The Unthinkable Removal of Quantitative Easing
“The purpose of Newspeak,” George Orwell, wrote in his novel 1984, “was not only to provide a medium of expression for the worldview and mental habits proper to the devotees of Ingsoc [Orwell’s name for the ruling regime in 1984], but to make all other modes of thought impossible.”
The columnist William Pfaff, with whom we often agree, used Orwell’s quote yesterday to describe how the United States government has come to inextricably support the bases at Guantanamo, which he likens to Gulags of Stalinist Russia – only worse because Gulag sentences, at least, had an end date.
While closing the base seems to have become politically impossible, “something still might usefully be said about this situation,” Pfaff writes with perceptively dying hope. It’s “obviously a phenomenon of totalitarian character, emulating, no doubt wittingly, the destruction of judicial constraint in the Nazi system by means of arbitrary imprisonment in concentration camps and by methods generalized in Gestapo and SS practice, and in Stalinist Russia by its secret police and forced labor camps.”
If you haven’t read the piece, we recommend you do so here: Locked In.
As frightening as Pfaff’s perception of Guantanamo is, we couldn’t help but think of Orwell this morning when listening to NPR’s coverage of Office for National Statistics’ release of British gross domestic product (GDP) this morning.
Fact is, GDP in Great Britain turned positive again in the first quarter of 2011 – just barely. The statisticians in London reckon the UK economy grew 0.5%, making up for the 0.5% loss in Q4 2010.
The news was interpreted as a disaster by an analyst from the City talking to Morning Edition. The “austerity measures” put in place by the Cameron government will continue to “suppress” GDP, unless the central bank opens the monetary spigots to counter the closing of the fiscal ones.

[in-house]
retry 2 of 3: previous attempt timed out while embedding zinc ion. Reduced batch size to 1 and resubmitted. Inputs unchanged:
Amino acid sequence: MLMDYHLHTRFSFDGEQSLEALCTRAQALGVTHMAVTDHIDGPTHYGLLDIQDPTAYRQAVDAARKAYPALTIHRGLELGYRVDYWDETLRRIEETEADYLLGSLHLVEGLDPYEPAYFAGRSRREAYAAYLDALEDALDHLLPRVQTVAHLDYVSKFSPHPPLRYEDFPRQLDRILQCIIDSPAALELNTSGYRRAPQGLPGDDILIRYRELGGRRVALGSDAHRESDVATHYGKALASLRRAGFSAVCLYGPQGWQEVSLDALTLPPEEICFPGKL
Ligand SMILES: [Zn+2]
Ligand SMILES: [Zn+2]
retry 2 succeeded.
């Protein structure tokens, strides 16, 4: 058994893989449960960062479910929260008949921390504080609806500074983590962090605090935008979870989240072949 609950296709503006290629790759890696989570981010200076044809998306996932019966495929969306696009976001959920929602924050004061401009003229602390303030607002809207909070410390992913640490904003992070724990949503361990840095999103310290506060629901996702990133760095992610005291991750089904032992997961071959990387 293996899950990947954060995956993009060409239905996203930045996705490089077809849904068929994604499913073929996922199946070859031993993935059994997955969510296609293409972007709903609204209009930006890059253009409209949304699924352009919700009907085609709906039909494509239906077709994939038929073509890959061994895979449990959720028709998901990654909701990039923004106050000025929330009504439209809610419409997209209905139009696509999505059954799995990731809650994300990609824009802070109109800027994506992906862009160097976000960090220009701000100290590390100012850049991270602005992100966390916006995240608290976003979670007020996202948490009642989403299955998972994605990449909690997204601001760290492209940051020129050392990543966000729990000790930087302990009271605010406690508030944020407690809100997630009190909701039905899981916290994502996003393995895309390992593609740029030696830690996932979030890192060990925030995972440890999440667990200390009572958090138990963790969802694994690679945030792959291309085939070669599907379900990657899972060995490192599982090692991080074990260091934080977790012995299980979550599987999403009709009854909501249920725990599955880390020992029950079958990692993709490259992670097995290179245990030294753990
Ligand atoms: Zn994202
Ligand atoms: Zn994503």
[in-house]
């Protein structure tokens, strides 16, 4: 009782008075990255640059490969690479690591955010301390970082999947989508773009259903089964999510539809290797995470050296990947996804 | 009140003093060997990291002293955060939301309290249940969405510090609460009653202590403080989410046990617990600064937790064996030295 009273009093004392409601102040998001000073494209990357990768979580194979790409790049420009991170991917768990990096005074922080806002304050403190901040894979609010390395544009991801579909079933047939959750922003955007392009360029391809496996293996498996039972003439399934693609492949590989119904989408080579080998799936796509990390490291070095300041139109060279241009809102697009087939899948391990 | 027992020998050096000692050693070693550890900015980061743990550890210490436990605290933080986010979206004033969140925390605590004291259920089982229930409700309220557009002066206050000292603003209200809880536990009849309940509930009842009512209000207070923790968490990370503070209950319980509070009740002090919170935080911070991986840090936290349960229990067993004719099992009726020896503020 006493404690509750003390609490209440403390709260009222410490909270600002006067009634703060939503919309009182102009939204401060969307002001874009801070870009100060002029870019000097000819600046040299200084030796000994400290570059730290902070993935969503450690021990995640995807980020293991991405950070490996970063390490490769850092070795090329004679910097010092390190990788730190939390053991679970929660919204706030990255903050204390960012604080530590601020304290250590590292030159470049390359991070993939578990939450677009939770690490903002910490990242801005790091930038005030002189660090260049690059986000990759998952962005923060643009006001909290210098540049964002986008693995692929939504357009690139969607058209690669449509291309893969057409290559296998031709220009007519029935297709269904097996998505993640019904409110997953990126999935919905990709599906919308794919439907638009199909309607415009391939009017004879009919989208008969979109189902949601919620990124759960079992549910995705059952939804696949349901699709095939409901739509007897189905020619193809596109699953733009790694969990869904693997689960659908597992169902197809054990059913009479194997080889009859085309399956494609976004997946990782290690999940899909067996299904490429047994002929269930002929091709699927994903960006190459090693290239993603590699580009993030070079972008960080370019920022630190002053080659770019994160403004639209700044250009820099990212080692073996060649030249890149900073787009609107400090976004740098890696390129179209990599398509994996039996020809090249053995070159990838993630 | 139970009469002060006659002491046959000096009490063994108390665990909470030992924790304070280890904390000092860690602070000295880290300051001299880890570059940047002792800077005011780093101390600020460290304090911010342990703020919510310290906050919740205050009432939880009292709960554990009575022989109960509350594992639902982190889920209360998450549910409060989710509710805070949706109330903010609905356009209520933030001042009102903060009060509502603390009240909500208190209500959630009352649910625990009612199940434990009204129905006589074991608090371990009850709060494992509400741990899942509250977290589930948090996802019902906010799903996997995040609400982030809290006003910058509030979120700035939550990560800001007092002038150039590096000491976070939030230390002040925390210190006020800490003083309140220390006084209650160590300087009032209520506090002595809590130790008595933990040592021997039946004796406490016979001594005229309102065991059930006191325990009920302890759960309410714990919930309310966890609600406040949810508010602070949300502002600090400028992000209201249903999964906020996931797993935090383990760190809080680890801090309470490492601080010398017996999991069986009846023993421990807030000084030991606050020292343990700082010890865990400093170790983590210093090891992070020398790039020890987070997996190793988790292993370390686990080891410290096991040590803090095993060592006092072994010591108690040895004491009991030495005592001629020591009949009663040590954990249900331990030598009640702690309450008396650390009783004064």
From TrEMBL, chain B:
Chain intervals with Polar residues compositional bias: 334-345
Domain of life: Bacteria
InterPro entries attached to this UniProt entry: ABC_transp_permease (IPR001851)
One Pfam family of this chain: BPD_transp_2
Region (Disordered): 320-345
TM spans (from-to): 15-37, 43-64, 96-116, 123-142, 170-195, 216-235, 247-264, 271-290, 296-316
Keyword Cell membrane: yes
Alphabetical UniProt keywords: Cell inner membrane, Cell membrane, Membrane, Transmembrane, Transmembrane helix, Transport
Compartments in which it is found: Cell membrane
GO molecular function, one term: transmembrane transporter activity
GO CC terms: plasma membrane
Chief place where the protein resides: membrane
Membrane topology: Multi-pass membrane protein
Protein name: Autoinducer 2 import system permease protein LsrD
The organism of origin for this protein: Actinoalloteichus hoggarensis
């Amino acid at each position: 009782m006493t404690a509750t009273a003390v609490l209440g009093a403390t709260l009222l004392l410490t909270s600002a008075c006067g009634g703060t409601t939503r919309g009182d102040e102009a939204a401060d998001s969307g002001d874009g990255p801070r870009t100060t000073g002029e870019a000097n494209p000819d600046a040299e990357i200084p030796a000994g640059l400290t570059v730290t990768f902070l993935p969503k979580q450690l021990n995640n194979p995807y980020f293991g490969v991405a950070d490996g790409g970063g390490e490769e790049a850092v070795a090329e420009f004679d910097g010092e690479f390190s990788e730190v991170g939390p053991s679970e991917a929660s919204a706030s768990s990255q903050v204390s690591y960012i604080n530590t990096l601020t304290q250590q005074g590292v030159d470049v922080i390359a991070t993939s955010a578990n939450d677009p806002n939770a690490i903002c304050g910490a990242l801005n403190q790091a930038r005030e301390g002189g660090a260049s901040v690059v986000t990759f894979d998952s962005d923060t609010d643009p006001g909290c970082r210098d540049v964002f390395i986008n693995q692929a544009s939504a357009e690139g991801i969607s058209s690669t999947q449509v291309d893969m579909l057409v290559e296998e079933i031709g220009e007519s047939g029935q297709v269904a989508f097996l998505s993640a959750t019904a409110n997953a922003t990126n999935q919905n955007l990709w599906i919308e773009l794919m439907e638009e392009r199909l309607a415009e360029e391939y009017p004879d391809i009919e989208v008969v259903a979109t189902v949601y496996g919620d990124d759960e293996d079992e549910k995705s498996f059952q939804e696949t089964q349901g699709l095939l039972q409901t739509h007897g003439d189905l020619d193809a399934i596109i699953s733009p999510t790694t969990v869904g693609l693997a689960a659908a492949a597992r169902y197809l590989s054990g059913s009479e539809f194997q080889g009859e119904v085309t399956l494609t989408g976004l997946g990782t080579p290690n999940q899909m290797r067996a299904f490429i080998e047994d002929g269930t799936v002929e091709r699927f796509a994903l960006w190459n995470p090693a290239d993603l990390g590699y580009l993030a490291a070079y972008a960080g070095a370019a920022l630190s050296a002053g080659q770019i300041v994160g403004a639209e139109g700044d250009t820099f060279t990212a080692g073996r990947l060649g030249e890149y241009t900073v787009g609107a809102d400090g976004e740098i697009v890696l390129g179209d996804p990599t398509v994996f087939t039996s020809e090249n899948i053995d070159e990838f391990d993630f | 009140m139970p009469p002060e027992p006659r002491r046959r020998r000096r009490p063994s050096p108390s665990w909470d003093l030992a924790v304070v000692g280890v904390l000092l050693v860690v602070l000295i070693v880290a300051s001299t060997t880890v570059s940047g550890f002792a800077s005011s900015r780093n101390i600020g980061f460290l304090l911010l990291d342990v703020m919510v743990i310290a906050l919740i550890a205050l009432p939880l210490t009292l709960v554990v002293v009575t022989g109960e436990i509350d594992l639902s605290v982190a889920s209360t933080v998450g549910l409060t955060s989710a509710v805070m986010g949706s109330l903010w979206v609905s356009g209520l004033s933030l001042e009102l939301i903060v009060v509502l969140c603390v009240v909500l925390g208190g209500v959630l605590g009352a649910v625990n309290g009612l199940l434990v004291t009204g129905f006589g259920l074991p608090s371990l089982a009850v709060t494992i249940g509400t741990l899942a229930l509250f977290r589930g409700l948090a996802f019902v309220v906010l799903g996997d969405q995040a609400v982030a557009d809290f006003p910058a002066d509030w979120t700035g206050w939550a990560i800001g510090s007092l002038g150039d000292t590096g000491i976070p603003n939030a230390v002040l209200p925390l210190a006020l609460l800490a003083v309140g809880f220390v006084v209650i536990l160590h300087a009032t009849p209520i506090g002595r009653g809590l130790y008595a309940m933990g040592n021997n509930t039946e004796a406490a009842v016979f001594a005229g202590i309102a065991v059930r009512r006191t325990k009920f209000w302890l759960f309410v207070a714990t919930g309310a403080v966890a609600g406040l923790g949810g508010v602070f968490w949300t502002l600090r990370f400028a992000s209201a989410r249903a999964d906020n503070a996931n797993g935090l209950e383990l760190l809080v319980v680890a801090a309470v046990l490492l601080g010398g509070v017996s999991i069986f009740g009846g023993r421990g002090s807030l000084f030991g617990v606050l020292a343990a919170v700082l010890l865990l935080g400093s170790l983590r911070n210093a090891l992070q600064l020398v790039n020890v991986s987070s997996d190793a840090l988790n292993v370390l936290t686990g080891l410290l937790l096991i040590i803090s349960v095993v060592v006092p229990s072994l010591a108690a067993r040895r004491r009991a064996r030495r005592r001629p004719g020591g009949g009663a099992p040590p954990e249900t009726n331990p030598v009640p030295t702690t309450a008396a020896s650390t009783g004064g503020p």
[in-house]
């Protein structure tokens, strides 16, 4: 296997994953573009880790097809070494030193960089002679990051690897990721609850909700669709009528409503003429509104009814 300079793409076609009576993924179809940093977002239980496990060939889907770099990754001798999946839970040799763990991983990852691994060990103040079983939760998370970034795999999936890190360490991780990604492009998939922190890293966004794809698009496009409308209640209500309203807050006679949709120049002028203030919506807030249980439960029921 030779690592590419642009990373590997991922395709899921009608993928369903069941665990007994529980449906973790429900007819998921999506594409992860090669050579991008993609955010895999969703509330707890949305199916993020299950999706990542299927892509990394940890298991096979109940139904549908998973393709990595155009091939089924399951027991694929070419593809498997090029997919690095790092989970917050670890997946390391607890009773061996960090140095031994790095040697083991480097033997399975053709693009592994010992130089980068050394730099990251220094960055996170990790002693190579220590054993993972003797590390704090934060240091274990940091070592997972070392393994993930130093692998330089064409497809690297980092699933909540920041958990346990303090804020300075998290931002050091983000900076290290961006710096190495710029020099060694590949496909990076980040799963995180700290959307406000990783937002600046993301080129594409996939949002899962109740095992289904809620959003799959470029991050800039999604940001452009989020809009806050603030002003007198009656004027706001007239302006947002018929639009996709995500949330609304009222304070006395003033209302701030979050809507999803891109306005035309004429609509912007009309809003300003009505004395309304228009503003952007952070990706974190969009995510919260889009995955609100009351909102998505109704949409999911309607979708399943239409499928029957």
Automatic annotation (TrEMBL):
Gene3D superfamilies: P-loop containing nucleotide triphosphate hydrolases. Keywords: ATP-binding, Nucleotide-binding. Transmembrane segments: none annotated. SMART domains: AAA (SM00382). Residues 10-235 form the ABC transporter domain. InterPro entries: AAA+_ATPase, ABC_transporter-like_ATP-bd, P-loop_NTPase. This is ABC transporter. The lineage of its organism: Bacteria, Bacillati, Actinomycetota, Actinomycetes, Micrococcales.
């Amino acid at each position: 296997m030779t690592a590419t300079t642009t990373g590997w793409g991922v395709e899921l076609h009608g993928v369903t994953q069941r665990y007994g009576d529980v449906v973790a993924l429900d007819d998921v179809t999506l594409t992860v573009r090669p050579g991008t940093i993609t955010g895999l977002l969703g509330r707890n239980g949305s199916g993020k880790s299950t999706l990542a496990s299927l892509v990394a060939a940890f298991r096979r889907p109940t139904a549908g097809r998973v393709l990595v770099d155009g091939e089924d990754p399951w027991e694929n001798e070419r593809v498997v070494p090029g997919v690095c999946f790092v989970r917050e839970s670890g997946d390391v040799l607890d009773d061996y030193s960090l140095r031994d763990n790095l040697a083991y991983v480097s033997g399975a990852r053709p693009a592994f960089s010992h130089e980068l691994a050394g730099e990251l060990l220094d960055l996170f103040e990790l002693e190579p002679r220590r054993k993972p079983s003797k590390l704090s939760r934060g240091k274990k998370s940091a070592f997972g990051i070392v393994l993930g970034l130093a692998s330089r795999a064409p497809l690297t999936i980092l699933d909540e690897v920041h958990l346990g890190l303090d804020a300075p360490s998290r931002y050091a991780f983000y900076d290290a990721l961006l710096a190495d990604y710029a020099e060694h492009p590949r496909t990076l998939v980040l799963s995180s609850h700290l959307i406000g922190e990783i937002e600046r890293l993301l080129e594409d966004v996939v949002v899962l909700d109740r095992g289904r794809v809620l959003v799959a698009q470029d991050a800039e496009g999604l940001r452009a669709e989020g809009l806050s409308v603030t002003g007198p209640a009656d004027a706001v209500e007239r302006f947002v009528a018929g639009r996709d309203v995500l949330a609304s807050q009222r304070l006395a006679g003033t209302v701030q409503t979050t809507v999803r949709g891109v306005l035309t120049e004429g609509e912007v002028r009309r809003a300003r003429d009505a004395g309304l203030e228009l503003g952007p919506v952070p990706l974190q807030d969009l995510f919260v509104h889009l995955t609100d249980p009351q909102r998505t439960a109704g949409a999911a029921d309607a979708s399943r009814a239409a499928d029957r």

Since quantitative easing (QE) in Britain has amounted to a quaint $121 billion since the panic of 2008 – out of nearly $5 trillion pursued by the US, European Union and Japan – the commentator presumes the English are doomed.
When asked to speculate on the effect of “austerity measures” proposed by the US president for the US economy, the commentator couldn’t fathom it. What might actually happen if the Fed pulled back on QE and Congress actually proposed to get spending in line?
Shiver me timbers. All economic activity is derived from government spending or monetary easing. To think of the economy in any other terms has become politically “irresponsible”… even “kookie”… these days. One can’t even imagine it.
The analogy between foreign policy and monetary policy would be a hoot, if the societal trend weren’t so ominous.
“Guantanamo has been a factor in what it is not unreasonable to call the totalitarianization of American political culture,” Pfaff asserts in his piece, “taking place through the effective prohibition (or demonization) of certain political stances, or of the advocacy of certain political positions, deemed ‘unpatriotic’ and therefore unacceptable in the political discourse of the nation – including, in some cases, in congressional discourse and debate.”
As much as it is heretical to disagree with foreign policy made behind closed doors by unelected officials, so is it equally impolite to question the wisdom of monetary policy made behind closed doors by another group of men in Washington.
We presume the press conferences now scheduled by the Federal Reserve, the first of which we’ll be witnessing this afternoon, are designed to open the closed doors.
But still we have our suspicions.
“What are the odds?” for example, we couldn’t help but thinking as we put pen to paper this morning “that on the eve of Ben Bernanke’s first regularly scheduled press conference the stock market has reached multiyear highs?”
The Dow and the S&P are now at levels last seen in June 2008. The Nasdaq, on a tear, hasn’t seen territory like this since January 2001.
Bernanke couldn’t ask for anything better. Why, we can just imagine the setting for this press conference.
“Yeah, baby, the wealth effect!”: Shock and awe econostyle.
“Stock prices rose and long-term interest rates fell,” Bernanke wrote in his Op-Ed in the day after the Federal Reserve formally launched “QE2” last November, “when investors began to anticipate” a new round of easy money. Mission accomplished.